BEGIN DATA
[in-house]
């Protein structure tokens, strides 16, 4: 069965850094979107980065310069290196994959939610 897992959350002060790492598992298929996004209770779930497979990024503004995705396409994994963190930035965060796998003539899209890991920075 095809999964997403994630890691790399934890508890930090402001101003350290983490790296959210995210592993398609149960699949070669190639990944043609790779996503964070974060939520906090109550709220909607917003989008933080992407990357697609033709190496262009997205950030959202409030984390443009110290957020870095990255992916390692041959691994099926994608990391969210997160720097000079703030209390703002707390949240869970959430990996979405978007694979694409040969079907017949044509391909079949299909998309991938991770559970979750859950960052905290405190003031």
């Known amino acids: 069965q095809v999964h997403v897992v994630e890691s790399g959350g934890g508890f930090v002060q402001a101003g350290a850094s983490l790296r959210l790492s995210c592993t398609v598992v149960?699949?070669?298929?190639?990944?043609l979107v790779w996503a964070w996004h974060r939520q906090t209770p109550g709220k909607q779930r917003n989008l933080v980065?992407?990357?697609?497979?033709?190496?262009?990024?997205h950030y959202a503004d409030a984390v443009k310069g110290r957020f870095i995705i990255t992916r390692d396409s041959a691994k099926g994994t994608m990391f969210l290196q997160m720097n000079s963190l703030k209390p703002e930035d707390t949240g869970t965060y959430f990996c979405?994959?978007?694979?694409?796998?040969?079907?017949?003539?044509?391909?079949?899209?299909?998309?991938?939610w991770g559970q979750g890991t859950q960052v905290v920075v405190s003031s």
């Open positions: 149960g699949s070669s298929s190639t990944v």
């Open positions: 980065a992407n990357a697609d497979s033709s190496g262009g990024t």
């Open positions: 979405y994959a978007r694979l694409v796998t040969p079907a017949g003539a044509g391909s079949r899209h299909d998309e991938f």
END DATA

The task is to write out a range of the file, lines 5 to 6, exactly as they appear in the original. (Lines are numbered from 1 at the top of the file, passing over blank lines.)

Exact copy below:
């Open positions: 980065a992407n990357a697609d497979s033709s190496g262009g990024t």
């Open positions: 979405y994959a978007r694979l694409v796998t040969p079907a017949g003539a044509g391909s079949r899209h299909d998309e991938f």